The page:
Seeking Lutheran Identity in the 21st Century

The High line park near my Church was busy as always on a bright Sunday morning. Many people enjoyed the late fall sun before the icy winter would send cold winds through the New York street canyons.

A small scholar in black and white stood in front of a huge graffiti while Henry Taylor´s art work „The floaters“ talked in bright colors about a relaxing day at a pool. The little Playmobil toy set a more earnest tone. Holding a scribes quill in one hand, „Little Luther“ held the Holy Bible in a tight grip as it was glistening in the morning sun. The black letters spoke in a self-confident and brief way of a serious matter that is woven through Martin Luther´s Theology: „The End of the Books of the Old Testament … The New Testament translated by Doctor Martin Luther„. (1)

When I first received the small toy from Germany, I didn’t grasp it´s significance and how deeply embedded into lives this difficult theology can be. Generations of Theologians like Martin Luther and many others saw Judaism coming to an end with Jesus as the Messiah. (2) This misconception of salvation raises difficult questions for a Christian-Jewish dialogue: How can we reconnect even though generations before us have set us so far apart on the basis of these theological misconceptions? How can we rediscover the common ground of the Thora after turning against our Jewish brothers and sisters? What first seemed as neat toy for young and old, is becoming a increasing issue for me as I grow deeper into the Jewish-Christian Dialogue in New York City.

As part of the so called Generation Y, I have been raised with a dominant and strong picture of a perfect reformer, who lead Christianity into freedom from oppression. Who wouldn’t know the different, almost folk like tales, when Martin Luther threw the ink against the wall to scare away the devil? Or when he nailed the 95 thesis to the Church door in Wittenberg?

While emphasizing the German hero Martin Luther, most of the difficult facts have been successfully kept from us during our childhood. And like peeling an onion, layer by layer, the negative sides of the foremost „brilliant“ reformer come to the surface. And this uncovering is causing a identity issue within Lutheranism:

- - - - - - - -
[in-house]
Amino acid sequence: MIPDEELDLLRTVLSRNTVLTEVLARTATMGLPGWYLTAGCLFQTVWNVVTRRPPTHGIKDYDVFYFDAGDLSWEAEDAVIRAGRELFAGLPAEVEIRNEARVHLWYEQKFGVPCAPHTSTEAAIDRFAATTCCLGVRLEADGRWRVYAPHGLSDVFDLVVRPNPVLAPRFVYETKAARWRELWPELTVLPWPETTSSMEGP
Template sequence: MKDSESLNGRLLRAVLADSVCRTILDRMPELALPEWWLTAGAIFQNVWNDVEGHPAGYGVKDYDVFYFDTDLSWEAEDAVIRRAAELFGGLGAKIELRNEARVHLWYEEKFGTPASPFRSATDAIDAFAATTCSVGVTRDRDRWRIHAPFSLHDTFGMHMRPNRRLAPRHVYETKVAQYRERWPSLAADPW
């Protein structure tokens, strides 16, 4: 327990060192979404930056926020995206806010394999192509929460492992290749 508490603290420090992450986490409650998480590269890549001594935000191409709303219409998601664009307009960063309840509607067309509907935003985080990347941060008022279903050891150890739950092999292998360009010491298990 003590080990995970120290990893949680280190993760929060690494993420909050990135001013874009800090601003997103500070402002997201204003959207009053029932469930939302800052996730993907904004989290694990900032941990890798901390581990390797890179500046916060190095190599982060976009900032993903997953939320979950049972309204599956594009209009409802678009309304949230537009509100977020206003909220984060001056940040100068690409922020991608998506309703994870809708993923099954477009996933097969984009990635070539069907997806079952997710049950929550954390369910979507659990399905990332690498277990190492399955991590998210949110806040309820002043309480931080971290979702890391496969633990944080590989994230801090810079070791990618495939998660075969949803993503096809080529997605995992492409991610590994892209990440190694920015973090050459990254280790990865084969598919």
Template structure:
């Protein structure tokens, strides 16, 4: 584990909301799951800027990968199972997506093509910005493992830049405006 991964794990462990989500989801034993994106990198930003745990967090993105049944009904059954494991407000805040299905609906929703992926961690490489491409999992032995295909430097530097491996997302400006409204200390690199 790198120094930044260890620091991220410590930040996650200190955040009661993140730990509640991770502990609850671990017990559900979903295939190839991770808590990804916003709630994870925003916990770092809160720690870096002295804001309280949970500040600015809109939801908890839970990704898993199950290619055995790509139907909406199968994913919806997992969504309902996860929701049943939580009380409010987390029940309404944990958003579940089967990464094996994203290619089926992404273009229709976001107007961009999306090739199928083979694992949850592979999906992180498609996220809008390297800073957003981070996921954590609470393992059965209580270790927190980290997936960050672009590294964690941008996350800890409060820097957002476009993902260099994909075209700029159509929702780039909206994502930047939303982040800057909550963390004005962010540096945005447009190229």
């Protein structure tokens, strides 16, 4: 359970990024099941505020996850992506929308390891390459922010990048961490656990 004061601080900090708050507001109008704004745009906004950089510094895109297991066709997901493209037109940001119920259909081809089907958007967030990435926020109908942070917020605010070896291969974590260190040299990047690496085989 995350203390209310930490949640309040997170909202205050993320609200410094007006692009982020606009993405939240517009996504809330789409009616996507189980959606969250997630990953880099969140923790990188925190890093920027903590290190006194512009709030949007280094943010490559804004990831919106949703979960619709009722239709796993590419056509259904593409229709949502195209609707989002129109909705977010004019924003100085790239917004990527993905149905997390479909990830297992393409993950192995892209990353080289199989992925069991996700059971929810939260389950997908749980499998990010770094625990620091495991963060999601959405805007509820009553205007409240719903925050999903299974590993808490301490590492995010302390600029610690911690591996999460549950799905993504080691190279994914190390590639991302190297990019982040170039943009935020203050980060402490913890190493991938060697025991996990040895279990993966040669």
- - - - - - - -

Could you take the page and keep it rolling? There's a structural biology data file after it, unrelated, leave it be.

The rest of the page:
Martin Luther´s strong anti-Judaism, which played a huge inspiring role in leading Nazi-Germany towards the crime of the Holocaust. His words might have been part of a larger societal crime, but neither his grief for the death of his daughter nor his senility can ever explain his false theological opinions. Or his political misconceptions, where Luther sacrificed the peasants to their oppressors in order to endure in the power struggles of Church, Lordship and the normal people.

Layer after layer the Lutheran Identity is challenged. We are now facing a long overdue and cleansing identity crisis within Lutheranism. The „great hero“ of the Reformation is demasked as failing and sinful person. His own words may be a consolation to us in the midst of transformation: we all are sinners and saints.

The 500rd celebration of the Reformation might be the perfect time to reflect and to uncover the „real“ Martin Luther learning from his theological brilliance AND his terrible theological failures. A great opportunity might be at hand to bring Luthers core discovery to its true significance: Transforming Lutheranism as a means of hope beyond failure, grace beyond sin.

(1) Playmobil has altered its 1st edition, deleting the „Ende“ due to the difficult theological implication of the writing.

(2) Paul in contrast states that the Jews are saved – see Rom 11.

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